September 28, 2016
The Lavender Couloir on Mt. Sneffels (14,150’)
By: Matt Wade, BCA Ambassador, Peak Mountain Guides
From our research, we discovered that light and variable winds during the last storm had created small pockets of wind slab that could be triggered by skiers. These slabs were most sensitive on low elevation south aspects where a slippery sun crust was buried under the new snow. The Lavender Couloir is south facing, but we hoped it was high enough in elevation to stay cold and avoid suncrust. Putting the pieces together, we decided the Lavender Couloir would be a reasonable objective if (1) there was no wind slab, and (2) there was no sun crust under the new snow.
And just in case the Lavender didn’t work out, we came up with a backup plan to ski the North Couloir on Stony Mountain. Stony Mountain is lower than the surrounding peaks, lending it some protection from wind, and the North Couloir would be shaded enough to ensure there was no sun crust. With a good understanding of the conditions and a solid backup plan, we were feeling on track.
Coming up with a backup plan in case snow conditions poor.
We huffed the final steps to the saddle below the Lavender Couloir. Catching my breath, I gazed at the snow-choked, forty degree, mega-classic, 14’er ski line before me. My eyes darted up and down it, looking for signs of wind affect. A light dusting of snow was being deposited in the top of the couloir and small little ripples could be seen on the snow surface in the middle of the couloir. It wasn’t a horrendous display of wind affect, but it wasn’t encouraging either. We decided to take a closer look with our snow study tools in order to know for sure. We determined it would be safe to approach the apron of the couloir where the terrain was lower angle and the wind had not affected the snow. While the group waited for me in a safe area out of the runout, I walked carefully to the edge of the apron and made some quick observations of the snow. Nothing fancy was needed here. I had two questions to answer: was it slabby? was there a suncrust? In a matter of minutes, I had felt around enough to determine, no, it was not slabby. . . but, yes, there was a suncrust. Reunited with my group, we discussed the findings.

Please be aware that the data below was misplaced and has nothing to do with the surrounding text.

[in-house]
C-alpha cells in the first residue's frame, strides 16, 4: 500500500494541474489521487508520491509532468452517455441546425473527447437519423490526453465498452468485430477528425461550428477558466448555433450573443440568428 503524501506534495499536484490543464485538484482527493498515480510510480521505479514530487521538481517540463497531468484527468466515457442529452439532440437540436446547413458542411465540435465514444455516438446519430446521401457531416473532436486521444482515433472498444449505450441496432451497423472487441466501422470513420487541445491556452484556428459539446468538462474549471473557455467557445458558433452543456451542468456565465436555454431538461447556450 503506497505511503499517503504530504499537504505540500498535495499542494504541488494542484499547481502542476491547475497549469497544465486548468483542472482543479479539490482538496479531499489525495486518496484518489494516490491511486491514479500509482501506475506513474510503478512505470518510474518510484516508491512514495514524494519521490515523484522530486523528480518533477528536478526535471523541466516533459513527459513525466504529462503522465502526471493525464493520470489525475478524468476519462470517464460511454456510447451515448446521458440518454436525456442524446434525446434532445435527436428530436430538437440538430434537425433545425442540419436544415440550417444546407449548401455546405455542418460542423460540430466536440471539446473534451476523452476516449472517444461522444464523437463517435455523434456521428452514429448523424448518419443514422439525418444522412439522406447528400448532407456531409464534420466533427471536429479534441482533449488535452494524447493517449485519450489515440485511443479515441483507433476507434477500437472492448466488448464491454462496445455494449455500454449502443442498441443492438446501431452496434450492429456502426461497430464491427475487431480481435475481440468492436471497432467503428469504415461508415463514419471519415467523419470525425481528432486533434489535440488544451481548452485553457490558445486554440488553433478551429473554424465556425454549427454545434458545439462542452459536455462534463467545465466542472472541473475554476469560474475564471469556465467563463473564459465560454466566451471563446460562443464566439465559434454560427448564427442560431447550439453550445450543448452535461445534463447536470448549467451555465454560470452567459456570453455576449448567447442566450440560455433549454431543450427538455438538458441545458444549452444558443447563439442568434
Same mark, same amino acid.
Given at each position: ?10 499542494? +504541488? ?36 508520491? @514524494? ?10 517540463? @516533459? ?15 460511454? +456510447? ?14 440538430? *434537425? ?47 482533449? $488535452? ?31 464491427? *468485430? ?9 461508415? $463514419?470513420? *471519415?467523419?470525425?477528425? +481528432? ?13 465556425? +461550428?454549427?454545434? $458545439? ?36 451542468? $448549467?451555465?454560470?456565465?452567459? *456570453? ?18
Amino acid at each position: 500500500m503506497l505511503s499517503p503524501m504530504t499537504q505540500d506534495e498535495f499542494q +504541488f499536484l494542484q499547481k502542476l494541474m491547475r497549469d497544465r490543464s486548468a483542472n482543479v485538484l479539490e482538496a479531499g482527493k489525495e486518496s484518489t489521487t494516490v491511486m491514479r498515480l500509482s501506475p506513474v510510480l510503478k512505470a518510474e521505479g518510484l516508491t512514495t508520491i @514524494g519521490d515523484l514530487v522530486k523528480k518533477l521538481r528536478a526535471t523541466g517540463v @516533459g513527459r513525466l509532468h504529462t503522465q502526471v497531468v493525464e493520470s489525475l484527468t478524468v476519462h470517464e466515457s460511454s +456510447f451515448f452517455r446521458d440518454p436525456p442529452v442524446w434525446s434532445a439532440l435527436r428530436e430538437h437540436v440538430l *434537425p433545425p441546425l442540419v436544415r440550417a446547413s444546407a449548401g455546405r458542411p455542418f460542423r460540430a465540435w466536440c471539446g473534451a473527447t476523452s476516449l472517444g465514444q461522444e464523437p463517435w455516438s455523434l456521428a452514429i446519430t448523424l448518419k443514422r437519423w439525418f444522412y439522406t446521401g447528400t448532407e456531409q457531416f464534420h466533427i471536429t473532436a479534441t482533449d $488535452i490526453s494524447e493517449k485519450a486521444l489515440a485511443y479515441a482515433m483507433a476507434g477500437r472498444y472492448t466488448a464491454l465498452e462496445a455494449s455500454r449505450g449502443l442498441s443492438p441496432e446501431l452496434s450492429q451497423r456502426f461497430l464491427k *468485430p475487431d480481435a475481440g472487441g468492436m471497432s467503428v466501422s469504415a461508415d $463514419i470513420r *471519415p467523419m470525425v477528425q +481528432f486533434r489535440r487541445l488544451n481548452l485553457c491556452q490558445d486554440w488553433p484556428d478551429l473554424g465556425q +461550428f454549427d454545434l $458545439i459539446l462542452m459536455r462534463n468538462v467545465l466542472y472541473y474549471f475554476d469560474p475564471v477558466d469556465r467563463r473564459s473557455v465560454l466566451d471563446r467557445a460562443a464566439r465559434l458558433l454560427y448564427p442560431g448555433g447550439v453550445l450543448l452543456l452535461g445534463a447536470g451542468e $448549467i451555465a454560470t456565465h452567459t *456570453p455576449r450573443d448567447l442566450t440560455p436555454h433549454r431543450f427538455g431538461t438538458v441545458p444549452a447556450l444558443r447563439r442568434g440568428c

The Lavender Couloir on Mt. Sneffels on the day of the decision. Note: see the snow plumes near the summit.
Despite the lack of a slab where I dug, we knew there would be slabs up higher where we had watched the wind depositing new snow. On top of that, the presence of the suncrust signaled those slabs could be triggered by skiers. Time to go to Plan B.
As I kicked my feet into the soft snow of Stony Mountain’s North Couloir, it just felt good. There was no suncrust beneath the new snow and shovel tilt tests showed good bonding. No slabs could be seen or felt, and it suddenly felt like we had hit the jackpot.
Climbing up Stony Mountain.
The turns that day were fantastic. We were in harmony with the mountains and it showed. The snow on our chosen line was blower, the snowpack was solid, and we were having a great time. Were we bummed to leave Sneffels behind? Not at all. Perfect conditions are what make for great ski days, not perfect objectives. Every objective can be phenomenal; it’s just a matter of going when the conditions are right. Today, Stony Mountain was the crown jewel. Tomorrow, perhaps it will be Mt. Sneffels. But no matter what, the best day is the one that ends with great turns, and no epics. #sendandreturn
Riding Stony Mountain’s North Couloir.
Fantastic turns in the North Couloir of Stony Mountain.
About Matt Wade:
Matt is the president and founder of Peak Mountain Guides, who have mastered the San Juan Mountains. Matt holds first ascents of alpine routes in the Andes of Bolivia, first ski descents of steep couloirs in the San Juans of Colorado, and ascents of El Capitan and Half Dome in Yosemite.